The hypotheses are to represent proposed relationships between customer characteristics and the goodness of the customer, as measured by the quality score. For the generation of an initial list of such segmentation hypotheses, it is necessary to analyze (i) the structure of the market, (ii) market information residing within the organization, (iii) data available through market experts and their publications, (iv) competitive information collected by reviewing competitor websites for their marketing communications, promotions, sales content, and product features, (v) structurally similar industries by reviewing industries with similar organizational characteristics, and (vi) standard, ‘a priori’ segmentation schemes. Once the hypotheses have been identified, they need to be tested for their validity with the data available from internal and external sources.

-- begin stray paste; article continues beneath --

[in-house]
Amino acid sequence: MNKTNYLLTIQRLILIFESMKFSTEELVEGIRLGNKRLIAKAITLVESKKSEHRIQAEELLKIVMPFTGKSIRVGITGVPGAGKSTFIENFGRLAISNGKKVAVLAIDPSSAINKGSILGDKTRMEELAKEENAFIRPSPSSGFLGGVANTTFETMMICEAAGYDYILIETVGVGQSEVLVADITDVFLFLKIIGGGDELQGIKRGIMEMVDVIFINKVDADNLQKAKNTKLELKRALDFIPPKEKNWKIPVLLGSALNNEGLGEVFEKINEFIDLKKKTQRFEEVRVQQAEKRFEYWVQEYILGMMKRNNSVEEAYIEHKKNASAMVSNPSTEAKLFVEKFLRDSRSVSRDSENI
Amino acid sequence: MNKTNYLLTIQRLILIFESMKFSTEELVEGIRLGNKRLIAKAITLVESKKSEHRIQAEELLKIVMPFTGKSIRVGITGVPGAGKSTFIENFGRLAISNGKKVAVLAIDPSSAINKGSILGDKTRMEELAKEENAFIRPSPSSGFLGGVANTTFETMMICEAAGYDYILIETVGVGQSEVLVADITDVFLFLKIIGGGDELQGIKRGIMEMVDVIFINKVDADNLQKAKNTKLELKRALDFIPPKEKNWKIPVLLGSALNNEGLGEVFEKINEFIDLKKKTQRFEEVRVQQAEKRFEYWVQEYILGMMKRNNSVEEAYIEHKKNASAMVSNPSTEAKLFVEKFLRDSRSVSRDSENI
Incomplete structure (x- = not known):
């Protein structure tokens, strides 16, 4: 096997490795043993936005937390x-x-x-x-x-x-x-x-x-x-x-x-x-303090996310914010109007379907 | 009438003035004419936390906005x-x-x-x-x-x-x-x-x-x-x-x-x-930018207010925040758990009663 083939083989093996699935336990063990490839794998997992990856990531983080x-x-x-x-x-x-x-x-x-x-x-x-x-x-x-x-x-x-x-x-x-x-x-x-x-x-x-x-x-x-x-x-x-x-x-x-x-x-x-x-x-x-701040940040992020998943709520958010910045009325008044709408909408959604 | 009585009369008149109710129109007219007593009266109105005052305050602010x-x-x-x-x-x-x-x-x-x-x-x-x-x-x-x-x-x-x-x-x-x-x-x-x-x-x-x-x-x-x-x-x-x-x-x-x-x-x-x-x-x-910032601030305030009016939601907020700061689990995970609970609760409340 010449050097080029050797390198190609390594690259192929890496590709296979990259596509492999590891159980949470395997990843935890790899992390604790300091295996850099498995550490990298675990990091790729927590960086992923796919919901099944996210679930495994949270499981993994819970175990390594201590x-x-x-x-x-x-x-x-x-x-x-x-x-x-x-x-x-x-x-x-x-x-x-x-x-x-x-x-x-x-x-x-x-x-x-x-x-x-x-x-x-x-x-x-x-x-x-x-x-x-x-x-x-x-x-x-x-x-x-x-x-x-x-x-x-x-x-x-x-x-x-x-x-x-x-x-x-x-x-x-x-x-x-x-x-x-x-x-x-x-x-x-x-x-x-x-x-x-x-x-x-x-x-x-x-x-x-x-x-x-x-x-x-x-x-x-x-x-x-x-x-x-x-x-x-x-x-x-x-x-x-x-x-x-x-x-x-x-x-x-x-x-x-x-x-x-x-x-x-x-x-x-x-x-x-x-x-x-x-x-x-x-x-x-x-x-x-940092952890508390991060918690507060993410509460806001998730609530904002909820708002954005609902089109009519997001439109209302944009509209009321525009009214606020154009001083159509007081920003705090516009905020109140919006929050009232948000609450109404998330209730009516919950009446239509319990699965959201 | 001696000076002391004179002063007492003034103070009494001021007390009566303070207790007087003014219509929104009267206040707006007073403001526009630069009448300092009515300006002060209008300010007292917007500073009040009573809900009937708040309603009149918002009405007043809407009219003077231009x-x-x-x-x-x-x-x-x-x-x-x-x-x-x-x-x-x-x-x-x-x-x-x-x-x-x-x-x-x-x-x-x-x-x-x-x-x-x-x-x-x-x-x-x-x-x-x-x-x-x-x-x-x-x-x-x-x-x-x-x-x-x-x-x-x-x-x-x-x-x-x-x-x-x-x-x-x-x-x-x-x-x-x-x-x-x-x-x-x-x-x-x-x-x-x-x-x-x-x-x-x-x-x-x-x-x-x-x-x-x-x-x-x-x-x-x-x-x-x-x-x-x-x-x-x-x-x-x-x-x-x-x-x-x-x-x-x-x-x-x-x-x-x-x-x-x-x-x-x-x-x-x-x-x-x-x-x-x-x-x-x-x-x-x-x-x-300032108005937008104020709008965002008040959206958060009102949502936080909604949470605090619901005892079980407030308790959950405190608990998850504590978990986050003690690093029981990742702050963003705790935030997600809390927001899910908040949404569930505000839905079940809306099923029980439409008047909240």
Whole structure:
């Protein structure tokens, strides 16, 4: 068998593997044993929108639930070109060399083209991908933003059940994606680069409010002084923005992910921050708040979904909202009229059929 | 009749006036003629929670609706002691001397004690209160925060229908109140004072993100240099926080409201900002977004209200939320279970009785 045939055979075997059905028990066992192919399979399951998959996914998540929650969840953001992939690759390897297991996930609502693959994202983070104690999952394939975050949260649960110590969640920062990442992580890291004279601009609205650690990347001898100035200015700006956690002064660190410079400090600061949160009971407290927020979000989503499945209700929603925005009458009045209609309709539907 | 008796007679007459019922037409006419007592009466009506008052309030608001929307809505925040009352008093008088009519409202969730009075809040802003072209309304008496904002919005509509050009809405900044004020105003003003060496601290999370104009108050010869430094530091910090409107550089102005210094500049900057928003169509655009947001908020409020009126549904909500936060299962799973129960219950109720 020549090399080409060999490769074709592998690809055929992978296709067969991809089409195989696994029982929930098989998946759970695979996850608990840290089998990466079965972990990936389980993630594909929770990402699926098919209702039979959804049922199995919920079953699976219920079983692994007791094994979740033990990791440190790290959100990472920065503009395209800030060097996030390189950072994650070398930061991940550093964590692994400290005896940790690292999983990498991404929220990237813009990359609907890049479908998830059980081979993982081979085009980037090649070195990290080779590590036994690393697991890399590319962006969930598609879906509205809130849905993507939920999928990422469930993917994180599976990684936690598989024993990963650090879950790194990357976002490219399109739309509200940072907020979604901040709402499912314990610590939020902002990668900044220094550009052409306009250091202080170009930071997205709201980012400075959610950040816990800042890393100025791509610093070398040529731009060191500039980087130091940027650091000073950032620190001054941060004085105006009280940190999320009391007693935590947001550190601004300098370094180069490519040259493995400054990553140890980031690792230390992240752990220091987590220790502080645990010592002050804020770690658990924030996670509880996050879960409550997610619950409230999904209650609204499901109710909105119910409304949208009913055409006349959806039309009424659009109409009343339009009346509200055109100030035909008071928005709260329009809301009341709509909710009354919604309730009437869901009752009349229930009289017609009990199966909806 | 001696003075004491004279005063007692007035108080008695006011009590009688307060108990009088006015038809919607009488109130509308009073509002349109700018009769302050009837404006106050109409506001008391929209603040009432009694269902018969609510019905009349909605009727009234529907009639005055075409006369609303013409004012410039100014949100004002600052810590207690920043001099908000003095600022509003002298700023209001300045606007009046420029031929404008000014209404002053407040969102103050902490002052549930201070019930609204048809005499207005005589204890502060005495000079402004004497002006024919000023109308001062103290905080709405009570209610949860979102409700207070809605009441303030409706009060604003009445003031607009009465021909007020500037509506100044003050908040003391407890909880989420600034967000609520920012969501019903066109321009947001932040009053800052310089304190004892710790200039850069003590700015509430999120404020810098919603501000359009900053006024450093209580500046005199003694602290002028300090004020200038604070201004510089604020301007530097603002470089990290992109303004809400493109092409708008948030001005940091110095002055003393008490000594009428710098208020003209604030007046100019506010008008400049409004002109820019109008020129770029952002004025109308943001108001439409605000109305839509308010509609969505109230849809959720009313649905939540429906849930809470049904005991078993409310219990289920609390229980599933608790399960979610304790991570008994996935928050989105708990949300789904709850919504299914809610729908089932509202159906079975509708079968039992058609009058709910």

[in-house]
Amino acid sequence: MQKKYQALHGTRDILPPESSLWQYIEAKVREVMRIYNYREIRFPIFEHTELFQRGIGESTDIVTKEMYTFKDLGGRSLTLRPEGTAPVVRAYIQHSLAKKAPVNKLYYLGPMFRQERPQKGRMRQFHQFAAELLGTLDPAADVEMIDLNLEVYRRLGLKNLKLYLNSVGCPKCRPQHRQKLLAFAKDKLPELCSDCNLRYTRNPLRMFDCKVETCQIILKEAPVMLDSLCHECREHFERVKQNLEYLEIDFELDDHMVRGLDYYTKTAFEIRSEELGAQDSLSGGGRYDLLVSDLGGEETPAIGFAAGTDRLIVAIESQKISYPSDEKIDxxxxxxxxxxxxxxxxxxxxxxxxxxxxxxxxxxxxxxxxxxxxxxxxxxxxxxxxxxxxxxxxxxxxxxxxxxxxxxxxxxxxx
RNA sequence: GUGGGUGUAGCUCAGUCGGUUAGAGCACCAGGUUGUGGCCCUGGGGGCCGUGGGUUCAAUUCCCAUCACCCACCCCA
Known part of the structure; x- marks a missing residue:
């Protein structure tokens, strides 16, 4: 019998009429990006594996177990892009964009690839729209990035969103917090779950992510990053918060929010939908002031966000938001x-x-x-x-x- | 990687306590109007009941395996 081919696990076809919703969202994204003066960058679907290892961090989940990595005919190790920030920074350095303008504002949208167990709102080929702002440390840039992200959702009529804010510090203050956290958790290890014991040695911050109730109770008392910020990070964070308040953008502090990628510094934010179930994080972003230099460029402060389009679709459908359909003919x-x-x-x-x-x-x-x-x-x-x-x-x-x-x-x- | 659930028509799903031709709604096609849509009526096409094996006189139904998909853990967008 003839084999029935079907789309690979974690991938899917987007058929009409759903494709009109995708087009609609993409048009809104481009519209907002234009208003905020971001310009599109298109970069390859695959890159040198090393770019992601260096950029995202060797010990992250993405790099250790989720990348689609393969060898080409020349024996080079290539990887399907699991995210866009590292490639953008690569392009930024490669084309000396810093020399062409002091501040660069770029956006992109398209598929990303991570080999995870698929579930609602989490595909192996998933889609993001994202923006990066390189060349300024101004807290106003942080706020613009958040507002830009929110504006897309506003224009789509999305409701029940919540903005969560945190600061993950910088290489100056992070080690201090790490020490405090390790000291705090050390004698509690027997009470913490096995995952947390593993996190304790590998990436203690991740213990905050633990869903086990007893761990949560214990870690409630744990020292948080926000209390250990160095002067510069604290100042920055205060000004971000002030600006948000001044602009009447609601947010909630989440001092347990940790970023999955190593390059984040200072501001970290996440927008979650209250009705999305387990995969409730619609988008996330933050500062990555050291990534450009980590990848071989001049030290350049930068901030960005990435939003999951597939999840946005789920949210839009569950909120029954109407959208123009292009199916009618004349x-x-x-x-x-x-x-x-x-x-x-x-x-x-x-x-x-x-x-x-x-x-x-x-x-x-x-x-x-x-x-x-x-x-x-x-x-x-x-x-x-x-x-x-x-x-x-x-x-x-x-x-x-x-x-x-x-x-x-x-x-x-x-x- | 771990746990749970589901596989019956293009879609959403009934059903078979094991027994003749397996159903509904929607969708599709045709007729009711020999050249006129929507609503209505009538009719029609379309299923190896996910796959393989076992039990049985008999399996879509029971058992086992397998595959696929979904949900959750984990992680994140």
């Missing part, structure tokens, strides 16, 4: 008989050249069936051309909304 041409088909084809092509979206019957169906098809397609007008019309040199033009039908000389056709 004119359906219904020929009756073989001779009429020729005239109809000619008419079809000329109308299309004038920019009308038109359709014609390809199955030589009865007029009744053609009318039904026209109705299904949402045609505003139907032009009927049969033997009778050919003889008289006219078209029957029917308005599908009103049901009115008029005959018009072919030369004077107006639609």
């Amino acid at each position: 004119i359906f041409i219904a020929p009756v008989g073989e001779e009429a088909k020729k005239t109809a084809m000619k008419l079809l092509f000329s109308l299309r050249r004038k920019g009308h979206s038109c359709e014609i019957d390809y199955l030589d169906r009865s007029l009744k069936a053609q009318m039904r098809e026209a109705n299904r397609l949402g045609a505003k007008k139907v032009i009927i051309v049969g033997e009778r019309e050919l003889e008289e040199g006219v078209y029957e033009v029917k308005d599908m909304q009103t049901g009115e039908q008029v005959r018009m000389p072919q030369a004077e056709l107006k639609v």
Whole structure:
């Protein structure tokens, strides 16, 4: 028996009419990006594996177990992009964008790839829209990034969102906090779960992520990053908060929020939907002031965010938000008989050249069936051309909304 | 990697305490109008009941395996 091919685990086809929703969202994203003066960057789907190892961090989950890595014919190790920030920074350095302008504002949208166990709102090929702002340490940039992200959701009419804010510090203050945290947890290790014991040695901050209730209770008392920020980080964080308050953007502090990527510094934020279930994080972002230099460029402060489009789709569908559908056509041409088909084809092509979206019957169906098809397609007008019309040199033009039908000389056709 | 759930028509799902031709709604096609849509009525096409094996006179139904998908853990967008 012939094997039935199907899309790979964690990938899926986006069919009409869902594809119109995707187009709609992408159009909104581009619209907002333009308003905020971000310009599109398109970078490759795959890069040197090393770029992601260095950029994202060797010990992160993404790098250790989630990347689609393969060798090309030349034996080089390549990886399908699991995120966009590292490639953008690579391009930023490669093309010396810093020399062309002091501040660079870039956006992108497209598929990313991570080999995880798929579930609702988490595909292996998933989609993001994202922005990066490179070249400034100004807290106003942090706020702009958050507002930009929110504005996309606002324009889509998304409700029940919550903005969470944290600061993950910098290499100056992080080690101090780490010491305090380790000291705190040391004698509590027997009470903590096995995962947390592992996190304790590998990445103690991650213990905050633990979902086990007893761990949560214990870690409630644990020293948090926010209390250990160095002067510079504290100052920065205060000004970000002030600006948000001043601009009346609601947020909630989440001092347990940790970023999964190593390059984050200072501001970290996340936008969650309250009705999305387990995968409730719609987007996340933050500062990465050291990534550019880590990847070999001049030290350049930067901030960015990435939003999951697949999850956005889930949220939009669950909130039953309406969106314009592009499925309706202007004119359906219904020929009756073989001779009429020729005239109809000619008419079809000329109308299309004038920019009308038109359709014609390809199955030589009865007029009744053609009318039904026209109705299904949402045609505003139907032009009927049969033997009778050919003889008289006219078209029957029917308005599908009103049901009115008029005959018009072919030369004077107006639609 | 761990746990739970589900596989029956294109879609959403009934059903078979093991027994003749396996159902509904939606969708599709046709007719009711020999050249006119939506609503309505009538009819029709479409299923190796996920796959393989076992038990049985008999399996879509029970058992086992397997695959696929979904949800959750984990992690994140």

Developing variables and hypotheses is important for a variety of reasons, but its primary purpose is to provide a framework for the customer segmentation research process. Once you have established a clear hypothesis and the variables that you need to test, you can begin executing the intricate process that will help you identify your best current customer segments.
While most companies possess enough market knowledge to predict or anticipate which customer segments are their most profitable, the leaders of those businesses also know that scaling a business is not best left to guesswork or instinct. That’s why, in a customer segmentation process like the one described in this guide, it is critical to develop customer segment hypotheses and variables, and validate them with a well-developed, scientific research process.